Cover image for Damned : an illustrated history of the Devil
Damned : an illustrated history of the Devil
Muchembled, Robert, 1944-
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Uniform Title:
Diable! English
Publication Information:
San Francisco, Calif. : Seuil/Chronicle, [2004]

Physical Description:
200 pages : chiefly illustrations (some color) ; 31 cm
Europe invents the devil -- Satan among humankind -- Devilish women -- The sun sets on Satan -- Terror or pleasure?
Subject Term:

Format :


Call Number
Material Type
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Item Holds
NX652.D48 M8313 2004 Adult Non-Fiction Non-Fiction Area-Oversize

On Order



Damnedexplores the long, dark history of one of the most influential figures in Western history: the Devil. With an extraordinary array of images from medieval illuminated manuscripts and Renaissance painting to modern cinema, comic strips, and advertising,Damnedportrays the Devil in both religious and secular realms, while the text traces the Devil's evolution from the sadistic beast of the monastic imagination to the Devil who lurks inside every pleasure-seeking individual today.

Reviews 3

Booklist Review

This gorgeously illustrated volume chronicles how the image of the devil in Western art has changed over the years. Muchembled divides the book into five sections, beginning with early images of the devil from the Middle Ages. The devil and his acolytes primarily showed up to torment sinners in grotesque, often sexual, ways. Subsequent sections deal with witches and sorcerers, who were believed to have consorted with the devil, and wicked women, whose tempting figures represented an almost satanic lure for otherwise pious men. Muchembled includes a diverse collection of images from artists such as Vasari, Bosch, and Goya, depicting the devil's visage in everything from a small imp to a sinister, distinctly sexual woman. But as he progresses to the nineteenth and twentieth centuries, Muchembled finds the devil losing his power to provoke fear; instead, he becomes a more human figure and sometimes even a comic one. Muchembled has done an admirable job of presenting the history of the devil in popular culture by mixing lively text with a variety of colorful renditions of Satan. --Kristine Huntley Copyright 2005 Booklist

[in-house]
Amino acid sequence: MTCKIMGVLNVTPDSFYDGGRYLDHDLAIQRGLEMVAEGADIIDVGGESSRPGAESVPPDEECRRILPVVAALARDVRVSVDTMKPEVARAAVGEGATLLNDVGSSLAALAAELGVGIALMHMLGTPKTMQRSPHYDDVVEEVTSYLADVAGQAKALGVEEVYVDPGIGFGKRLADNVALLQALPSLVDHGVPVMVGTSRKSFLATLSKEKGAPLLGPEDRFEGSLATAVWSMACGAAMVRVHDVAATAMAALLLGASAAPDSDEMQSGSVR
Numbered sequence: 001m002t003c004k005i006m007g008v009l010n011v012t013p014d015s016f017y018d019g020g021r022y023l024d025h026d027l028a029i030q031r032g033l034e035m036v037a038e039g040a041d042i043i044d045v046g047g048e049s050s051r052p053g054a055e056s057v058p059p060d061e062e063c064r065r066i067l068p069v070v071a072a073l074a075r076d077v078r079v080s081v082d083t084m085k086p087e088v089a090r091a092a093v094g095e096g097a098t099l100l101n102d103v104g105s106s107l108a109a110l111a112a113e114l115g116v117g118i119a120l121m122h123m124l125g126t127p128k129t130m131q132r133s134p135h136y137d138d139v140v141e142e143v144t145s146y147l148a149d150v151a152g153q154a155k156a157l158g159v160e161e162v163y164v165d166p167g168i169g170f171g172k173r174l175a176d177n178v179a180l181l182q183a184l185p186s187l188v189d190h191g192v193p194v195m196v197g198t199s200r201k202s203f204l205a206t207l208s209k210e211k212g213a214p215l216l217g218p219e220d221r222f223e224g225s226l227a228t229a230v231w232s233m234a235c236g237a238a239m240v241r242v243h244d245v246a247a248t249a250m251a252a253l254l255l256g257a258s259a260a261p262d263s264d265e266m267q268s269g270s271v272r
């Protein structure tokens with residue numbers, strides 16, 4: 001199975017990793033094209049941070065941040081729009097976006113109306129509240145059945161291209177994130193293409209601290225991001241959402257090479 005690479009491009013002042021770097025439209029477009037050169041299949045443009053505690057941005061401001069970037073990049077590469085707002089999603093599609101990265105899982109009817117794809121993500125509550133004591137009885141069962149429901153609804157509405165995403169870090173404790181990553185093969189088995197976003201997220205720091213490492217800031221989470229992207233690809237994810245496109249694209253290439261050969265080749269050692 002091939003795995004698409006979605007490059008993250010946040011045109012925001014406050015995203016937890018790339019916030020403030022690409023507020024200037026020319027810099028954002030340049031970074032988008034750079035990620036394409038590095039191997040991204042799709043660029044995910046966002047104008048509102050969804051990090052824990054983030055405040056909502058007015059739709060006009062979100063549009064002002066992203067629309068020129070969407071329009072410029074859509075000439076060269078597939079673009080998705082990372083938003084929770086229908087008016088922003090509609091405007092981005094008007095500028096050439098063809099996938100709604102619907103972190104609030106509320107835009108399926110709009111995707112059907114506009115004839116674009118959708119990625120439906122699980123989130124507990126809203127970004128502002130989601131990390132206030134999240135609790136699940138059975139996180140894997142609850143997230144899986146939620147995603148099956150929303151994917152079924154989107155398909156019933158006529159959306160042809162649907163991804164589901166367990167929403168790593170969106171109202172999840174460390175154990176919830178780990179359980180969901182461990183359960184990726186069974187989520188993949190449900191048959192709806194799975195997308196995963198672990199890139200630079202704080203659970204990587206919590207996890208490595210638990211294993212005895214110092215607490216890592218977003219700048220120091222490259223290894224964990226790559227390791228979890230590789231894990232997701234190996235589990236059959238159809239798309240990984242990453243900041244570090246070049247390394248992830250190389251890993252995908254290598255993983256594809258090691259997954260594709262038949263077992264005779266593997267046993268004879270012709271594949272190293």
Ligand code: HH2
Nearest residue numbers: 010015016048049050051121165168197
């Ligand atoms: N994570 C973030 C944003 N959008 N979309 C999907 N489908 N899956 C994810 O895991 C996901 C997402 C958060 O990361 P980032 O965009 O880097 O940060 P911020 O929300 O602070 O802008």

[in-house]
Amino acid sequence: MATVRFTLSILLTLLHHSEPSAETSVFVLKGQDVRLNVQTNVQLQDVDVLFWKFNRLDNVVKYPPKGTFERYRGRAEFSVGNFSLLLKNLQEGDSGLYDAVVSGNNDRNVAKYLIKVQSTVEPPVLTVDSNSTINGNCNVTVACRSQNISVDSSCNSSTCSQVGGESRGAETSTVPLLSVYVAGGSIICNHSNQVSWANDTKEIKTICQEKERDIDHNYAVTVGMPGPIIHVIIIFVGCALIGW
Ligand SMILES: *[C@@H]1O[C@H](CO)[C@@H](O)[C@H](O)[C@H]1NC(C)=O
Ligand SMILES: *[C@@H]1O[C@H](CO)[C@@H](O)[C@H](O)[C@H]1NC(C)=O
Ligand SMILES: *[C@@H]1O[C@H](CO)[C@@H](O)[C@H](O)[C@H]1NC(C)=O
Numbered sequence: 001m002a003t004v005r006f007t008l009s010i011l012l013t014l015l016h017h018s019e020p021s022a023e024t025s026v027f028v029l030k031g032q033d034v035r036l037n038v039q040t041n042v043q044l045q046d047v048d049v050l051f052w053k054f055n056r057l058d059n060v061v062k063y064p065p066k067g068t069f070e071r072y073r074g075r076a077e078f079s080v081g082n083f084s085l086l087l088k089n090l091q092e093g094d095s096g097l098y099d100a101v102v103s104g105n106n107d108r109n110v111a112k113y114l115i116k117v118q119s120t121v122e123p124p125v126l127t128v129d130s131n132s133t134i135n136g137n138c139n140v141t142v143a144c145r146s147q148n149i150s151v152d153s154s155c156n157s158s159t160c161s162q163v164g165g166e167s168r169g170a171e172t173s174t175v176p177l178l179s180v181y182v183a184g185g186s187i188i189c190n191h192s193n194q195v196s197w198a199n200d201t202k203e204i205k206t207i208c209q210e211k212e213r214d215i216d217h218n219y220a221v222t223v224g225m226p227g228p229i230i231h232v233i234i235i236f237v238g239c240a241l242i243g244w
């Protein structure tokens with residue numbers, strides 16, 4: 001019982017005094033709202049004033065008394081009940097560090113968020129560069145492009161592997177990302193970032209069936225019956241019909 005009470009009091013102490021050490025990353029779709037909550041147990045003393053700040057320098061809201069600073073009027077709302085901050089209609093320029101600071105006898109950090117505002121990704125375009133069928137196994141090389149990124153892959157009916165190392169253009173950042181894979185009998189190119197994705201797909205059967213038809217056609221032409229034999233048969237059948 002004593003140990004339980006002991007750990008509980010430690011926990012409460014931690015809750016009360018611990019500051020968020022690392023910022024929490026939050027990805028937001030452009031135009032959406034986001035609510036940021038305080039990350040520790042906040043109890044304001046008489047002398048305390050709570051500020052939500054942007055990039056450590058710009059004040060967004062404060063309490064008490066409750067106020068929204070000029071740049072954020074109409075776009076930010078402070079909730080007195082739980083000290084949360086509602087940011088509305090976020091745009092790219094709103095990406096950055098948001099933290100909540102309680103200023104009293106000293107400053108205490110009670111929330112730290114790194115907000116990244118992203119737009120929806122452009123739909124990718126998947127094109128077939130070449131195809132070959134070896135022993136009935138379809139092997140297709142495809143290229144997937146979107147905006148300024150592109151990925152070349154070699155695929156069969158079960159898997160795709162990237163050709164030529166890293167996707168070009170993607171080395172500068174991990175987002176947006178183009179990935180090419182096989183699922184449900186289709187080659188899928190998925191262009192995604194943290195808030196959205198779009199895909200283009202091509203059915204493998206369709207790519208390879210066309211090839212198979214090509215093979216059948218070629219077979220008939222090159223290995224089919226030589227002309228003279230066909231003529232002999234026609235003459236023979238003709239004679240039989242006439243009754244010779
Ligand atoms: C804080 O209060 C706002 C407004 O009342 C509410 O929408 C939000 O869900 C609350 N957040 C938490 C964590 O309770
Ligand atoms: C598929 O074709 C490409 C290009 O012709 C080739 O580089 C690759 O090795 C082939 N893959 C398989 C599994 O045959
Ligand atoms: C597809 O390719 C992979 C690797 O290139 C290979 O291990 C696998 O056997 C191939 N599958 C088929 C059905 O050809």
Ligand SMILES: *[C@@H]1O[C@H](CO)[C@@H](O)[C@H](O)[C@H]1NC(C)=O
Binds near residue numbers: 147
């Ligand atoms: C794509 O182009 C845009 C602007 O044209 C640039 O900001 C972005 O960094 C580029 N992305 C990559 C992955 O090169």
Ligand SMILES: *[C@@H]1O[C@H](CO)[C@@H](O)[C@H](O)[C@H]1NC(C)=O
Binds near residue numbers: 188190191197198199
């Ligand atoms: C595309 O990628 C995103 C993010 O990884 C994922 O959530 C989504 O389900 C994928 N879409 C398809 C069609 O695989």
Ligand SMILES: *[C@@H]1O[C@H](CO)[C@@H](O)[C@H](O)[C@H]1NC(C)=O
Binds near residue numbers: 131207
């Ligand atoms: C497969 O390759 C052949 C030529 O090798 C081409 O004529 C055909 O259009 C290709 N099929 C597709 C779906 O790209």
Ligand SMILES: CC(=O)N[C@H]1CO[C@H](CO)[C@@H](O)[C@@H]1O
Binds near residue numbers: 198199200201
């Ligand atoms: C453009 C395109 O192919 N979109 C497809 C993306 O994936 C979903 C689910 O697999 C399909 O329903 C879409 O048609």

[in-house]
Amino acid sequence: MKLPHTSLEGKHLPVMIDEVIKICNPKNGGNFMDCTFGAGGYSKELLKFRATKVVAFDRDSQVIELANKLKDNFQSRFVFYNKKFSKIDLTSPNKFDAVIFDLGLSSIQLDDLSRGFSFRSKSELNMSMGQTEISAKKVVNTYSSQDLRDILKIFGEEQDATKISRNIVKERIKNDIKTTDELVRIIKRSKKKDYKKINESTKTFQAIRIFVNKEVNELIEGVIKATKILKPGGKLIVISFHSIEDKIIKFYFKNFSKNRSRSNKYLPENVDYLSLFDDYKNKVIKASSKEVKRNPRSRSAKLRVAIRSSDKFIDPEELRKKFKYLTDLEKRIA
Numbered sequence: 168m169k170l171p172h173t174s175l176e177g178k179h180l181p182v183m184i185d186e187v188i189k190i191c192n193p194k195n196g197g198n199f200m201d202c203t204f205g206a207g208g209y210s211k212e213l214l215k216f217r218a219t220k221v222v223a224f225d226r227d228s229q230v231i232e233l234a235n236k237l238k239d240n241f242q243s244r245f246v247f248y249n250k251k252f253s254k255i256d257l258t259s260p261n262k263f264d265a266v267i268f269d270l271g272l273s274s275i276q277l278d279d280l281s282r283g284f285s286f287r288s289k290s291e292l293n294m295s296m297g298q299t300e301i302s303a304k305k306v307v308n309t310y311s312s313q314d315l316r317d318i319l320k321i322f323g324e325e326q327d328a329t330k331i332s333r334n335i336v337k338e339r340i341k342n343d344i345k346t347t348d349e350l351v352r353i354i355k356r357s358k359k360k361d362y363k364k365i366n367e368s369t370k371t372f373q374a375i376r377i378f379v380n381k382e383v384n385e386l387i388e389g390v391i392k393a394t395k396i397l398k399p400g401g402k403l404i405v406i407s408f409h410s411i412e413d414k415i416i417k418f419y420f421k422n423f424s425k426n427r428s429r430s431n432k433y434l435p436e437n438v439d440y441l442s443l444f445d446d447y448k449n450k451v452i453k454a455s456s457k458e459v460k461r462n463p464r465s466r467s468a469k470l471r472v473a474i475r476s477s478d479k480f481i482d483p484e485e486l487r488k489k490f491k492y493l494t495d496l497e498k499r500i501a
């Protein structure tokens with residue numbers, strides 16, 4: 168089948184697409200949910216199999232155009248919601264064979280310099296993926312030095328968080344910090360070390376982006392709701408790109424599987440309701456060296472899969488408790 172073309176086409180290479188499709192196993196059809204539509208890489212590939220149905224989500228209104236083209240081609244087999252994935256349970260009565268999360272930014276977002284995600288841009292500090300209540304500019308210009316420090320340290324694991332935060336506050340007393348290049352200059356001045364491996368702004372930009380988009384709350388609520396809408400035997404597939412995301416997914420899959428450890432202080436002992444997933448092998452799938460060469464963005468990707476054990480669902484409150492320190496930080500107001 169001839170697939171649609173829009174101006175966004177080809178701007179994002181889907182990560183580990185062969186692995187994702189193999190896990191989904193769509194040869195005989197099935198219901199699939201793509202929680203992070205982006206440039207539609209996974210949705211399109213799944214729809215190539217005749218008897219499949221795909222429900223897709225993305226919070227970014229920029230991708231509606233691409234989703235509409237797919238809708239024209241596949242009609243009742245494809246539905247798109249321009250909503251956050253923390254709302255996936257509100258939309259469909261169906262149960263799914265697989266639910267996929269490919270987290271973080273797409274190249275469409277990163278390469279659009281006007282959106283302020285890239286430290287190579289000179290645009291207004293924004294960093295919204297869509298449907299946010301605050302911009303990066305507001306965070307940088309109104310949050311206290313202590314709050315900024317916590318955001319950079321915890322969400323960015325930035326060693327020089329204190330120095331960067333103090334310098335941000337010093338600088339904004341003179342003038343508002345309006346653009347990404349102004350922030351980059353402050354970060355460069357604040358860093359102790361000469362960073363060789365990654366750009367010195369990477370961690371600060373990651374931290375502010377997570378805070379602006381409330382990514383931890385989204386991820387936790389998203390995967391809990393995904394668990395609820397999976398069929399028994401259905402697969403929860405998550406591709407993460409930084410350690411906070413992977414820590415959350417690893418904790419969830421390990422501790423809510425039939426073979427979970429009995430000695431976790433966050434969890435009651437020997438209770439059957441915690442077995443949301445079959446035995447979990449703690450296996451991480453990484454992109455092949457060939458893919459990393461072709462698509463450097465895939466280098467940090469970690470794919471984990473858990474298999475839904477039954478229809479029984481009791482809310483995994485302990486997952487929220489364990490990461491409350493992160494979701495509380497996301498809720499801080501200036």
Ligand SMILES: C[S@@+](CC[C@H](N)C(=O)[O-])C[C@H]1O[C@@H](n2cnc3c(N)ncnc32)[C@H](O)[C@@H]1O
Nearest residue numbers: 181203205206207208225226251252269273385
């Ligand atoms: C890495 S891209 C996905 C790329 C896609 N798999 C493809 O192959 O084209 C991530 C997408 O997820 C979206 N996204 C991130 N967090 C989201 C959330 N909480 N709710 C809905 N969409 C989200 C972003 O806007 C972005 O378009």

Publisher's Weekly Review

This wickedly attractive coffee-table book by Muchembled, a Parisian scholar who specializes in the history of witchcraft, traces the devil from the 12th century to the present. Satan, writes Muchembled, represents "the dark side of Western culture" and is a product of the human imagination, so any analysis of Old Scratch reveals a great deal about the changing landscapes of Europe and America through the ages. One particularly intriguing chapter touches on contemporary themes: how psychoanalysis has changed our view of the devil, how horror films have depicted Satan and how recent marketers have blithely employed his image to sell products. Muchembled doesn't have time for real depth of analysis in the short essays that form the text of this book, which is a pity, because he offers some provocative insights and sharp cultural critique. The real star is the book's full-color art, with its dazzling display of images from medieval manuscripts to contemporary comics. We see depictions of masks, cartoons, sketches, masters' paintings, facsimiles of broadsides, woodcuts and carvings of the devil through the ages. All are accompanied by Muchembled's incisive (and occasionally mordant) commentary. (Oct. 15) (c) Copyright PWxyz, LLC. All rights reserved

Library Journal Review

In the 12th century, Europe invented the Devil, whose mission is the temptation and damnation of humankind. In five highly readable essays, Muchembled (cultural history, Univ. of Paris) presents the multiple traditions that spawned the myth and its progress from the 12th century to our own. He describes how Satan took hold of the popular imagination and how women, in particular, were actively persecuted for presumably consorting with Satan. Later, he shows the transition from the literal belief in Satan to evil as the dark side of the human condition and explores issues like the Freudian interpretation, the rise of the horror story, trivialization, and parody. Lest the reader be unimpressed by mere verbiage,the author includes an amazing assortment of historical images: vivid color plates, as well as drawings, lithographs, Hollywood and French movie stills, cartoons, and comic books of devils, temptations, and satanic rituals. Many are quaint and some are humorous, but as a caution, some images will be considered offensive. That said, this book is recommended for libraries with strong collections in cultural anthropology and Western civilization.-Ilene Skeen, Hunter Coll., New York (c) Copyright 2010. Library Journals LLC, a wholly owned subsidiary of Media Source, Inc. No redistribution permitted.